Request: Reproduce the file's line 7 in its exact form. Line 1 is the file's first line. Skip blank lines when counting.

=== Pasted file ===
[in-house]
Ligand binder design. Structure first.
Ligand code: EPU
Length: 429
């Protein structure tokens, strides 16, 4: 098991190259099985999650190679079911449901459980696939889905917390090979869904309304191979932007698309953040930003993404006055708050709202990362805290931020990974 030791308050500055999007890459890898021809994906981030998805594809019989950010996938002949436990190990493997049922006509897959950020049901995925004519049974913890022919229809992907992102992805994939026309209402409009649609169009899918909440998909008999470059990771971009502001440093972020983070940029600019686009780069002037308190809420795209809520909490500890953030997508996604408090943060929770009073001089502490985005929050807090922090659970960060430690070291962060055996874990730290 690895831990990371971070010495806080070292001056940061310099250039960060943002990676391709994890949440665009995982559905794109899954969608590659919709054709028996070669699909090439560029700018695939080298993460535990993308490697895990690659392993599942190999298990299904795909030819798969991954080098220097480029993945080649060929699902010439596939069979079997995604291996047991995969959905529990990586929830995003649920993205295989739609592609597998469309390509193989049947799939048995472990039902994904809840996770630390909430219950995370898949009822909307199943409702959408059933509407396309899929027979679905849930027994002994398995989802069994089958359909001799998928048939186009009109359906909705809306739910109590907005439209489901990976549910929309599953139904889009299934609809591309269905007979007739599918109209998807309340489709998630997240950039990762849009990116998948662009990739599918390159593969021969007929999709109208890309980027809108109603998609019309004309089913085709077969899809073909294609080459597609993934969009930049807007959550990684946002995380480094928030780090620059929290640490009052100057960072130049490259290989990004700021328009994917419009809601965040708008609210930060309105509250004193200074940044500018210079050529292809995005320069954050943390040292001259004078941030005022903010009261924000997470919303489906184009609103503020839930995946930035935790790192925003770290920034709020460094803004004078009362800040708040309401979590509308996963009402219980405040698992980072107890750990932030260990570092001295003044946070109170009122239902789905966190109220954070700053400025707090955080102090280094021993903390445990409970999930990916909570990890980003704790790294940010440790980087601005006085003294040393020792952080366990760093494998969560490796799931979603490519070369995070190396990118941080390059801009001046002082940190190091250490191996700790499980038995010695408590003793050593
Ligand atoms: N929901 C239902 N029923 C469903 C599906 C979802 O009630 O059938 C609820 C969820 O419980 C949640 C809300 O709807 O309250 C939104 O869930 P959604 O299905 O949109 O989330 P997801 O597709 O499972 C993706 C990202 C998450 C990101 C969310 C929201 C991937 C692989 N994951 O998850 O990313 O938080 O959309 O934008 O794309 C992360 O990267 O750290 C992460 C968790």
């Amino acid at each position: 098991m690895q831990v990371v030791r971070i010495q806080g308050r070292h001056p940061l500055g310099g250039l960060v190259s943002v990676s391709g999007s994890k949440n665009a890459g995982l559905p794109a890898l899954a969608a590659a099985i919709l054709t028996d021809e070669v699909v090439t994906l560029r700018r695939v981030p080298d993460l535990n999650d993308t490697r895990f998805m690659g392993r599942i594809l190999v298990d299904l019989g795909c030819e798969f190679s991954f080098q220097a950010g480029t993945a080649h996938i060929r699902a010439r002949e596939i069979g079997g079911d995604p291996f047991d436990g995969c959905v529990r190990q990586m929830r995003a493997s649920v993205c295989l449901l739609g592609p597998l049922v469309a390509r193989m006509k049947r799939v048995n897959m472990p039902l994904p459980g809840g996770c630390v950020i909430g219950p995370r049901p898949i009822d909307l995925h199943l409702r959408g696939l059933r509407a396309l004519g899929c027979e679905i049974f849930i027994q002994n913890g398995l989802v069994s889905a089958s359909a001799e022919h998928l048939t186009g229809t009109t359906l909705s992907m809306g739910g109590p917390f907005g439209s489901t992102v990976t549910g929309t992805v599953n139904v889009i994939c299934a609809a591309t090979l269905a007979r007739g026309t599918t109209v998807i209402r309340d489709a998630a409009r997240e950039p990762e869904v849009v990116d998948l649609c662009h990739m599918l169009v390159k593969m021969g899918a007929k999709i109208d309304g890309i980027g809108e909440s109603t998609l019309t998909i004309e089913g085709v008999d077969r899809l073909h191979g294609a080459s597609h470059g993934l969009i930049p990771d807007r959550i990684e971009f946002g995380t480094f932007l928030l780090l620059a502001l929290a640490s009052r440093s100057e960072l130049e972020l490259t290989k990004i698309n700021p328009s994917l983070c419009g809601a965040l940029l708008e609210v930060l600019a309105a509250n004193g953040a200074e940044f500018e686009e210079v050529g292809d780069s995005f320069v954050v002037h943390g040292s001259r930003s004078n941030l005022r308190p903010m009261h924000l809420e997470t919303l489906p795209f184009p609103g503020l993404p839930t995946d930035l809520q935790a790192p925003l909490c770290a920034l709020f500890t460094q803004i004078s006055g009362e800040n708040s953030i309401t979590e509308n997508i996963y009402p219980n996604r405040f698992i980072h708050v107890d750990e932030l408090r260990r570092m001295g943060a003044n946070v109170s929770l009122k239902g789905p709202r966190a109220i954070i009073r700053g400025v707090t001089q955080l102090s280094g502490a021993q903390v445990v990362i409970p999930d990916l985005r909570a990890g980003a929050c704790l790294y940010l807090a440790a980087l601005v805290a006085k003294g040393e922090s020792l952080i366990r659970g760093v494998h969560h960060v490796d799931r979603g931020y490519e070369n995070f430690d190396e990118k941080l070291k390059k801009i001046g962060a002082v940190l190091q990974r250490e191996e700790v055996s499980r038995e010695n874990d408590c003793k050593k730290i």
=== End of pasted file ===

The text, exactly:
């Amino acid at each position: 098991m690895q831990v990371v030791r971070i010495q806080g308050r070292h001056p940061l500055g310099g250039l960060v190259s943002v990676s391709g999007s994890k949440n665009a890459g995982l559905p794109a890898l899954a969608a590659a099985i919709l054709t028996d021809e070669v699909v090439t994906l560029r700018r695939v981030p080298d993460l535990n999650d993308t490697r895990f998805m690659g392993r599942i594809l190999v298990d299904l019989g795909c030819e798969f190679s991954f080098q220097a950010g480029t993945a080649h996938i060929r699902a010439r002949e596939i069979g079997g079911d995604p291996f047991d436990g995969c959905v529990r190990q990586m929830r995003a493997s649920v993205c295989l449901l739609g592609p597998l049922v469309a390509r193989m006509k049947r799939v048995n897959m472990p039902l994904p459980g809840g996770c630390v950020i909430g219950p995370r049901p898949i009822d909307l995925h199943l409702r959408g696939l059933r509407a396309l004519g899929c027979e679905i049974f849930i027994q002994n913890g398995l989802v069994s889905a089958s359909a001799e022919h998928l048939t186009g229809t009109t359906l909705s992907m809306g739910g109590p917390f907005g439209s489901t992102v990976t549910g929309t992805v599953n139904v889009i994939c299934a609809a591309t090979l269905a007979r007739g026309t599918t109209v998807i209402r309340d489709a998630a409009r997240e950039p990762e869904v849009v990116d998948l649609c662009h990739m599918l169009v390159k593969m021969g899918a007929k999709i109208d309304g890309i980027g809108e909440s109603t998609l019309t998909i004309e089913g085709v008999d077969r899809l073909h191979g294609a080459s597609h470059g993934l969009i930049p990771d807007r959550i990684e971009f946002g995380t480094f932007l928030l780090l620059a502001l929290a640490s009052r440093s100057e960072l130049e972020l490259t290989k990004i698309n700021p328009s994917l983070c419009g809601a965040l940029l708008e609210v930060l600019a309105a509250n004193g953040a200074e940044f500018e686009e210079v050529g292809d780069s995005f320069v954050v002037h943390g040292s001259r930003s004078n941030l005022r308190p903010m009261h924000l809420e997470t919303l489906p795209f184009p609103g503020l993404p839930t995946d930035l809520q935790a790192p925003l909490c770290a920034l709020f500890t460094q803004i004078s006055g009362e800040n708040s953030i309401t979590e509308n997508i996963y009402p219980n996604r405040f698992i980072h708050v107890d750990e932030l408090r260990r570092m001295g943060a003044n946070v109170s929770l009122k239902g789905p709202r966190a109220i954070i009073r700053g400025v707090t001089q955080l102090s280094g502490a021993q903390v445990v990362i409970p999930d990916l985005r909570a990890g980003a929050c704790l790294y940010l807090a440790a980087l601005v805290a006085k003294g040393e922090s020792l952080i366990r659970g760093v494998h969560h960060v490796d799931r979603g931020y490519e070369n995070f430690d190396e990118k941080l070291k390059k801009i001046g962060a002082v940190l190091q990974r250490e191996e700790v055996s499980r038995e010695n874990d408590c003793k050593k730290i």